AARP Eye Center
You can protect yourself from data breaches, hackers and scammers in loads of ways. But always use three basic tenets for the passwords that multiply with every site you visit.
• Don’t share them.
• Change them often.
• Don’t leave them lying around.
Beyond the basics, the real key to building and managing your passwords entails layers of security, a real pain point for those not so tech savvy.
AARP Membership — $12 for your first year when you sign up for Automatic Renewal
Get instant access to members-only products and hundreds of discounts, a free second membership, and a subscription to AARP The Magazine.
If you’re used to writing down passwords on sticky notes, you’re not alone. About a third of people say they put their passwords on a piece of paper; 2 in 5 say they memorize them, according to a November 2022 online survey from nonprofit Security.org.
A little more than 1 in 5 use the same few passwords for all their online activity, a huge mistake. If an app or website suffers a data breach, cybercriminals have access to all or a good portion of your accounts.
So, consider this a refresher on how to create a strong, secure password by building up its complexity to reduce the odds of your data or devices being compromised.
On occasion, you might share your password with a friend or relative so they can log into your video streaming service or check your email while you're on vacation. According to The Zebra, an Austin, Texas-based insurance comparison site, 79 percent of Americans say they share passwords with those outside the home, yet only 13 percent are concerned about identity theft.
1. Be random, not predictable
If you don’t want to use password manager apps, which generate complicated passwords to log into online accounts, you have plenty of other ways to create unique and secure passwords, and store your information safely. Only about 1 in 5 people do, according to the Security.org survey.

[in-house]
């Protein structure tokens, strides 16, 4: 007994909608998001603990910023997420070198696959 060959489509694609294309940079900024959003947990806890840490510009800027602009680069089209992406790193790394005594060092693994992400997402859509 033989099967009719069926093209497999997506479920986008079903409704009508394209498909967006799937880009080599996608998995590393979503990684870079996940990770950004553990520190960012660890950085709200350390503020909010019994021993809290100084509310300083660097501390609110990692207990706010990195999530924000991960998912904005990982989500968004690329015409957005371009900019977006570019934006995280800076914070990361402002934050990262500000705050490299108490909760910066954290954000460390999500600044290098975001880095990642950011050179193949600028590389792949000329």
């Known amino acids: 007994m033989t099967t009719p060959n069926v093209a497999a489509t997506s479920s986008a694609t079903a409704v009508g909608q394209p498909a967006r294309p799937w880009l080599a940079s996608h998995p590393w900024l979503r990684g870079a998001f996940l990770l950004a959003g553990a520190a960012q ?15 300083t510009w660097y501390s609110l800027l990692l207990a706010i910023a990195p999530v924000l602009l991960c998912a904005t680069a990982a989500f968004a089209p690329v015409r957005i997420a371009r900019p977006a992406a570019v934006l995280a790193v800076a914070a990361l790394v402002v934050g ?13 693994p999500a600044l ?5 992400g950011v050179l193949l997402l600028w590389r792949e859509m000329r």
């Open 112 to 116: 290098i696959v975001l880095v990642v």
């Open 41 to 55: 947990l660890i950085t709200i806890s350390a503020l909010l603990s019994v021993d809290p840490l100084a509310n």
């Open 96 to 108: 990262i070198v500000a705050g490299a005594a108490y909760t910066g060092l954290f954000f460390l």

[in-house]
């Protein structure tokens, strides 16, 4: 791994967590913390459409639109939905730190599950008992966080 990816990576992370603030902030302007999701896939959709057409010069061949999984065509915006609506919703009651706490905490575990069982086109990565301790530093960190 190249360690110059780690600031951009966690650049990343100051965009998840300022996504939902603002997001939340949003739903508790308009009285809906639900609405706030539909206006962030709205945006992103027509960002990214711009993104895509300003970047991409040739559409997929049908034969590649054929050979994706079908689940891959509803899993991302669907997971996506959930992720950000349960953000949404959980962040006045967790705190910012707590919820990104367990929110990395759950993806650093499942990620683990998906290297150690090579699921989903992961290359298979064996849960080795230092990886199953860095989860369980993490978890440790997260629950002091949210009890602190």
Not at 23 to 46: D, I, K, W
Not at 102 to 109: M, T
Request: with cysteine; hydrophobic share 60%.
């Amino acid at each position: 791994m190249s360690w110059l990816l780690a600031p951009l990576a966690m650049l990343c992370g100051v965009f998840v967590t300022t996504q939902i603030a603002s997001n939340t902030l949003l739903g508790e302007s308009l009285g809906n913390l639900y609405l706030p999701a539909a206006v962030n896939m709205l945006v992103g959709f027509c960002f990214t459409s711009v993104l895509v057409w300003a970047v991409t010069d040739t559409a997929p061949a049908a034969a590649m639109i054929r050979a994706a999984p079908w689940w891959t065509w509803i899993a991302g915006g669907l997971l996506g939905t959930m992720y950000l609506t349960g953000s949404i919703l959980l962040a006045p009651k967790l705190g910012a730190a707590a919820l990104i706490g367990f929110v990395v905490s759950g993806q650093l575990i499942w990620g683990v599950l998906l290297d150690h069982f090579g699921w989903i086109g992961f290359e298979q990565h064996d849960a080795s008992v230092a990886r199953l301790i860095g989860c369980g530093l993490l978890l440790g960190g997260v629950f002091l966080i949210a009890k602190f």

Think of your password as the exact opposite of a game of Scrabble. Don’t use words in the dictionary.
Avoid names of your kids or pets. Steer clear of dates such as your birthday or anniversary, which are tempting to use in personal identification numbers that unlock your smartphone or allow you to gain access to an automated teller machine.
Cybercriminals crack weak passwords easily by purchasing sets of common passwords on the dark web. They sometimes get clues by looking at your social media posts or phishing for information from you through bogus emails.
In 2022, the most common password out of more than 15 billion retrieved from publicly leaked data breaches was 123456, according to a Cybernews.com analysis. No. 2 was 123456789, followed by qwerty and password.
2. Don’t repeat yourself
As you’re thinking about a password to use, don’t repeat letters or numbers to make it longer. Password may be a weak password, but so is paaaassword. Sequential numbers and letters, such as qwerty, have the same problem.
Of course, never use the same passwords for all or really any of your online activity. Two-thirds of Americans in an Ipsos poll of 4,000 people conducted in April 2022 reported reusing passwords for different accounts.
If a site or app is breached, fraudsters will try it for other accounts. If they gain access, you’ll have more than one data security problem.
3. Acquaint yourself with special characters
When producing a password on your own, make sure it has at least eight characters, according to the National Institute of Standards and Technology. But that’s a low bar for hackers to crack.